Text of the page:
Congenital Nasal Pyriform Aperture Stenosis: An Unusual Cause of Respiratory Distress in Neonates
Author: Nurul Amilin Jaafar, Nik Khairani Nik Mohd, Amran Mohd, Fairuz Mohd Ibrahim, Suzina Sheikh Ab Hamid
Congenital nasal pyriform aperture stenosis (CNPAS) is a rare cause of nasal airway obstruction in the neonate. Early management is crucial in view of the fact that neonates are obligate nasal breathers for the first few months of life. CNPAS can be diagnosed clinically and confirmed with a computed tomographic (CT) scan. This study reviewed the presentation and management of the CNPAS in a single tertiary pediatric otorhinolaryngology center. We reported a case series with three term neonates that presented with respiratory distress and noisy breathing at birth. All of them required intubation and were unable to introduce suction size 6Fr via the nostrils during resuscitation. Two of them were referred straight away after intubation, and one was referred following a failed extubation attempt on Day 7 of life. CT scans have confirmed the narrowing of the nasal pyriform aperture with a solitary maxillary central incisor (megaincisor). Conservative management, including the use of nasal decongestants and humidification, was tried but failed. Therefore, we decided to proceed with surgical intervention. The sublabial approach was used for surgical reconstruction in all patients. The pyriform aperture is enlarged with a bone drill with the placement of a nasopharyngeal airway (NPA) into both nostrils, which acts as a stent. The stent is left in place for a total of two to three weeks for all three patients to ensure the patency of the surgical area. The duration of the stent is very important. One of the neonates had a nasal stent placed for a week, but after a few days she became desaturated, requiring reinsertion of NPA and being kept for an additional two weeks. All of the patients were able to get off their ventilators following surgery and discharge home without oxygen support.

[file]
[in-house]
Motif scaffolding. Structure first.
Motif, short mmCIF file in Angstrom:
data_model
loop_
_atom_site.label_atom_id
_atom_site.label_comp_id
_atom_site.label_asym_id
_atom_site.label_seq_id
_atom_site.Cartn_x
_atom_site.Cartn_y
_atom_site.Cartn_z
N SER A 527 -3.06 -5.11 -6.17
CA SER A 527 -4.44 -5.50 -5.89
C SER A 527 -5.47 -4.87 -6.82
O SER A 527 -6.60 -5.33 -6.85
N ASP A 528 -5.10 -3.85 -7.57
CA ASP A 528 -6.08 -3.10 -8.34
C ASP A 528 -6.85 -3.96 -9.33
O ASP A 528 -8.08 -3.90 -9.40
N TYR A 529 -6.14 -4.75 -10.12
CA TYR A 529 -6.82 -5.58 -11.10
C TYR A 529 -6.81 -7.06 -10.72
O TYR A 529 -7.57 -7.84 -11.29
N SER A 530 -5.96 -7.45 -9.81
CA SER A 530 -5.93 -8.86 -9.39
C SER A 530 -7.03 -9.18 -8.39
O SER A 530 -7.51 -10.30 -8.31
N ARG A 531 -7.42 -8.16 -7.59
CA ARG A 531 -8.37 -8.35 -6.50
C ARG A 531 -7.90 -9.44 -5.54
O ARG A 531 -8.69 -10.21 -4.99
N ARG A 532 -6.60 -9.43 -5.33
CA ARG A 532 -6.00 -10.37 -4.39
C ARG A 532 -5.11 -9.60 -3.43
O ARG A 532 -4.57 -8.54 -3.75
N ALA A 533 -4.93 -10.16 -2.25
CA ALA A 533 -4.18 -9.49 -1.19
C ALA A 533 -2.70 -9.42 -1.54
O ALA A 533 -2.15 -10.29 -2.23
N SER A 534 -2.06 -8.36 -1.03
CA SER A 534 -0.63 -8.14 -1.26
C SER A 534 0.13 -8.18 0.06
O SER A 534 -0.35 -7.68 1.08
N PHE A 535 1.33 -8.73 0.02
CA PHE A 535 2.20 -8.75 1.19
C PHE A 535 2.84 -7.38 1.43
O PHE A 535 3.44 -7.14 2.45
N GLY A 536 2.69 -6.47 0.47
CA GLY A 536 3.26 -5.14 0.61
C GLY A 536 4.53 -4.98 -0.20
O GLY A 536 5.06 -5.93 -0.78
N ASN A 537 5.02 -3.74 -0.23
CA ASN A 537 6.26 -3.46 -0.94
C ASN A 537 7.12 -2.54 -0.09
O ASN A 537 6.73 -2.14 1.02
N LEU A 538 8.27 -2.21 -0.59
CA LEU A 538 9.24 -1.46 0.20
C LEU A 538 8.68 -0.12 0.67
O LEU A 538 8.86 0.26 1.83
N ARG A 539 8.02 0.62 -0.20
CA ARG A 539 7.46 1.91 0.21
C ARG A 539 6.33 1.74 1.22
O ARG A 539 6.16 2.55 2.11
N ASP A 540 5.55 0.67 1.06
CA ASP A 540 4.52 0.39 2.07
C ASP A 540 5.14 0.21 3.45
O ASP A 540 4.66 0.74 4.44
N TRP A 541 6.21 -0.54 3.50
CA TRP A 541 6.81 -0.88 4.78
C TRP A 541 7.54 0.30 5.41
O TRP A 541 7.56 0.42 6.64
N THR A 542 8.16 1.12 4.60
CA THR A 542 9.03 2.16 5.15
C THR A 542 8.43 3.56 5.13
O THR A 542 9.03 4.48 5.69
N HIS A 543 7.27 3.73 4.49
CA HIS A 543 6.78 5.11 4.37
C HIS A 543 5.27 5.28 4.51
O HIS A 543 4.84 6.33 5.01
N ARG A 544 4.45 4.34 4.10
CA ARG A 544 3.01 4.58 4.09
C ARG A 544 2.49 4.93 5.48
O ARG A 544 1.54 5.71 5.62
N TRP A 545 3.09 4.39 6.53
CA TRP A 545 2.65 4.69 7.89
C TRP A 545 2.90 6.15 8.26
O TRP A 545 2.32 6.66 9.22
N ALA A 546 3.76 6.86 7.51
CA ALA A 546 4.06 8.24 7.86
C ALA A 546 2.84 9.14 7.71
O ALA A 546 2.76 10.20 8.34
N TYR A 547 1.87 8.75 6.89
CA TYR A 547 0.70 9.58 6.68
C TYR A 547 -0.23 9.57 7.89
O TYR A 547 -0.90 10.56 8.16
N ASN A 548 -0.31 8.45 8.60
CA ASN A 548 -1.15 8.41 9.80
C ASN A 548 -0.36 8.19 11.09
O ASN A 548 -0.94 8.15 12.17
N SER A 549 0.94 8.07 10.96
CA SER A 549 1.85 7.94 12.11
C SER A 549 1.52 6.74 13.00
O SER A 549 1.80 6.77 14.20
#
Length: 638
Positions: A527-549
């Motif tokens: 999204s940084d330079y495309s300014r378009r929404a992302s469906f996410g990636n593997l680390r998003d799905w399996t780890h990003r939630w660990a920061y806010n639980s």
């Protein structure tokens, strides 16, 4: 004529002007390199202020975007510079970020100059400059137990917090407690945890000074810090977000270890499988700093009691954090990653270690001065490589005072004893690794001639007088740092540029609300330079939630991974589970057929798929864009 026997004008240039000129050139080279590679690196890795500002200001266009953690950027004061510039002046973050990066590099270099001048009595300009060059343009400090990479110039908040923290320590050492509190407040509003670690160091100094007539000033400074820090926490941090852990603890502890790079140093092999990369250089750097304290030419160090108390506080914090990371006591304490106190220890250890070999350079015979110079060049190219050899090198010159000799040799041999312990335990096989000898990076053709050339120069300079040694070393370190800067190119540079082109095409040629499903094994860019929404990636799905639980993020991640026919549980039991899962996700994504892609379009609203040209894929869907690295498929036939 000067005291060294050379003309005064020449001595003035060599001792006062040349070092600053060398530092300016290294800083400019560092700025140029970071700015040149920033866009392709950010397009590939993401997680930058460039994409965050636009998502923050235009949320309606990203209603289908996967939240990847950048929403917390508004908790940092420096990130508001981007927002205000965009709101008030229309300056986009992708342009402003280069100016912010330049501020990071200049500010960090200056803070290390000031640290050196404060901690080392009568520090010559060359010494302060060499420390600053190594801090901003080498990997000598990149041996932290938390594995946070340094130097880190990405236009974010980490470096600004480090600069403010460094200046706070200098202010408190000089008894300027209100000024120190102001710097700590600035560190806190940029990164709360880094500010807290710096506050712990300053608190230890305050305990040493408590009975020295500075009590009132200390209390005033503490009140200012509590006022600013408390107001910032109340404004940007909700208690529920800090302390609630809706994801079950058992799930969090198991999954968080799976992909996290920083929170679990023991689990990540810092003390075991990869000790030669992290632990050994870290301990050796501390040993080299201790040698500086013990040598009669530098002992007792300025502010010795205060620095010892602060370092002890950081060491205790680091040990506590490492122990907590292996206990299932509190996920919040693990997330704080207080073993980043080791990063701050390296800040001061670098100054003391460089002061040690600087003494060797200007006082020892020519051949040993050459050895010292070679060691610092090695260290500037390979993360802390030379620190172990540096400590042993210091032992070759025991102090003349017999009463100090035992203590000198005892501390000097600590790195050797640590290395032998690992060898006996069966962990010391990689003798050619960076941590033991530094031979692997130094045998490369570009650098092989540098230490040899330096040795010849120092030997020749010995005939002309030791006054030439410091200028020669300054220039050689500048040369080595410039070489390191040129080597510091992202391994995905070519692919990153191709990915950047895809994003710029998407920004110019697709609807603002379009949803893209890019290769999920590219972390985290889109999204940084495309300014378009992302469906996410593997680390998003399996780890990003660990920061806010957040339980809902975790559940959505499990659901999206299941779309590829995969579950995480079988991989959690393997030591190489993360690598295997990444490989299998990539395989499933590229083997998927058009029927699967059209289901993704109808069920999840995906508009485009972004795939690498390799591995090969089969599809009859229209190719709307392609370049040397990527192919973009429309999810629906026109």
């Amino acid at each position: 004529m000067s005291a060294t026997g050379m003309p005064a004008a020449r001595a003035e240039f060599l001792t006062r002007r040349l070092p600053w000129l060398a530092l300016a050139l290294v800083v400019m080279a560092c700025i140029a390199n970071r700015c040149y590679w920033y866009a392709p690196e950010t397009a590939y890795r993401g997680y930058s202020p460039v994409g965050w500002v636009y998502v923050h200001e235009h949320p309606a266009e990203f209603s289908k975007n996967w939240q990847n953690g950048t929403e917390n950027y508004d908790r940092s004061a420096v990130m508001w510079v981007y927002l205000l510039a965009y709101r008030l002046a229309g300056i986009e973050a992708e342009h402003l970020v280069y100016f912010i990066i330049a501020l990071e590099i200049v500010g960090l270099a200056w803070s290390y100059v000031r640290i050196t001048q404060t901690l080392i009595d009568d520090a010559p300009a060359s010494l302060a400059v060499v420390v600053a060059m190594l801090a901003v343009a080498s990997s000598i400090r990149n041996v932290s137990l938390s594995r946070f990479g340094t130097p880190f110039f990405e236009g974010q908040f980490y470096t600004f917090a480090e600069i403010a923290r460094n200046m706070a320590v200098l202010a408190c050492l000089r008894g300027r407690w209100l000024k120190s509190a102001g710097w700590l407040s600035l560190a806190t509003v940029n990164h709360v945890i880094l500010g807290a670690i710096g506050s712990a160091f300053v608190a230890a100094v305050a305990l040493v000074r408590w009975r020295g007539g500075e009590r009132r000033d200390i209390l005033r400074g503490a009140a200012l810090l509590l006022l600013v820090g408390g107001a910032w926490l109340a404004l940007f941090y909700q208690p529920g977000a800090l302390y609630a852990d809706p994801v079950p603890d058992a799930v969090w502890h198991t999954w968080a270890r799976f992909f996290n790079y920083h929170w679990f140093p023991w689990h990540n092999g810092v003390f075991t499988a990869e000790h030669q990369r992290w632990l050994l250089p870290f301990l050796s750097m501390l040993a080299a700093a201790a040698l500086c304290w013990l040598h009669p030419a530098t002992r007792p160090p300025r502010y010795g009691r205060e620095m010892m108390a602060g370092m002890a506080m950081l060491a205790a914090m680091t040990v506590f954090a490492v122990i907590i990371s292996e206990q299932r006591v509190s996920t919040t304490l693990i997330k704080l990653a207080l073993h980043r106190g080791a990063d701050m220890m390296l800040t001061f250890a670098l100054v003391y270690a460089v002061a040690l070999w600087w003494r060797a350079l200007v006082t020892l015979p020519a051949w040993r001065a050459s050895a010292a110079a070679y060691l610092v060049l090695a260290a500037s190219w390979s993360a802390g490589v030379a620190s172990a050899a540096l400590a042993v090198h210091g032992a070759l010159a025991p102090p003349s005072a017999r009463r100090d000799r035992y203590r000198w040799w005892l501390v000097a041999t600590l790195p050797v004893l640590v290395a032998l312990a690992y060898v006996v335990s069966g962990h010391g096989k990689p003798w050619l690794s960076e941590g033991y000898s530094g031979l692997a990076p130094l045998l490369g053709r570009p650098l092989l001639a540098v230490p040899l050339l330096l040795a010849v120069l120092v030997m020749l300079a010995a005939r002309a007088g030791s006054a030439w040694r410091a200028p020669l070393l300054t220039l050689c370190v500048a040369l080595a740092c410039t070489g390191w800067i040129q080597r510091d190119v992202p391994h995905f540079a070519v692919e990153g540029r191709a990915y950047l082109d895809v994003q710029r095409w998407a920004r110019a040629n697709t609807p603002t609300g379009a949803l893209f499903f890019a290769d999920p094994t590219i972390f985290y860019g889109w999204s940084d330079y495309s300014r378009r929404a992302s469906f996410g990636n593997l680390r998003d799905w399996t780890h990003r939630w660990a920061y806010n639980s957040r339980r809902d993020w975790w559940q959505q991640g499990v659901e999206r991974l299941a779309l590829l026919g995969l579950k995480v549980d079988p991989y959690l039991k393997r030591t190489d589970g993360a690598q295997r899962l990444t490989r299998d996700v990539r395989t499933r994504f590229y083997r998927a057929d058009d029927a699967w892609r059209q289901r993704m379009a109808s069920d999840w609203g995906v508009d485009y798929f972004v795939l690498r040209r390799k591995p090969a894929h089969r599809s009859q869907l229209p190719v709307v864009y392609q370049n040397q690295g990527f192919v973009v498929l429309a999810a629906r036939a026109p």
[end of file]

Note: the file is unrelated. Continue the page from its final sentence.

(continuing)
Keywords: CNPAS, megaincisor, sublabial approach, stent
- Department of Otorhinolaryngology-Head and Neck Surgery, Hospital Sultanah Nur Zahirah, 20400 Kuala Terengganu, Terengganu, Malaysia.
- Department of Otorhinolaryngology-Head and Neck Surgery, School of Medical Sciences, Health Campus, Universiti Sains Malaysia, 16150 Kota Bharu, Kelantan, Malaysia.
Suzina Sheikh Ab Hamid
Department of Otorhinolaryngology-Head and Neck Surgery, School of Medical Sciences, Health Campus, Universiti Sains Malaysia, 16150 Kota Bharu, Kelantan, Malaysia. [email protected]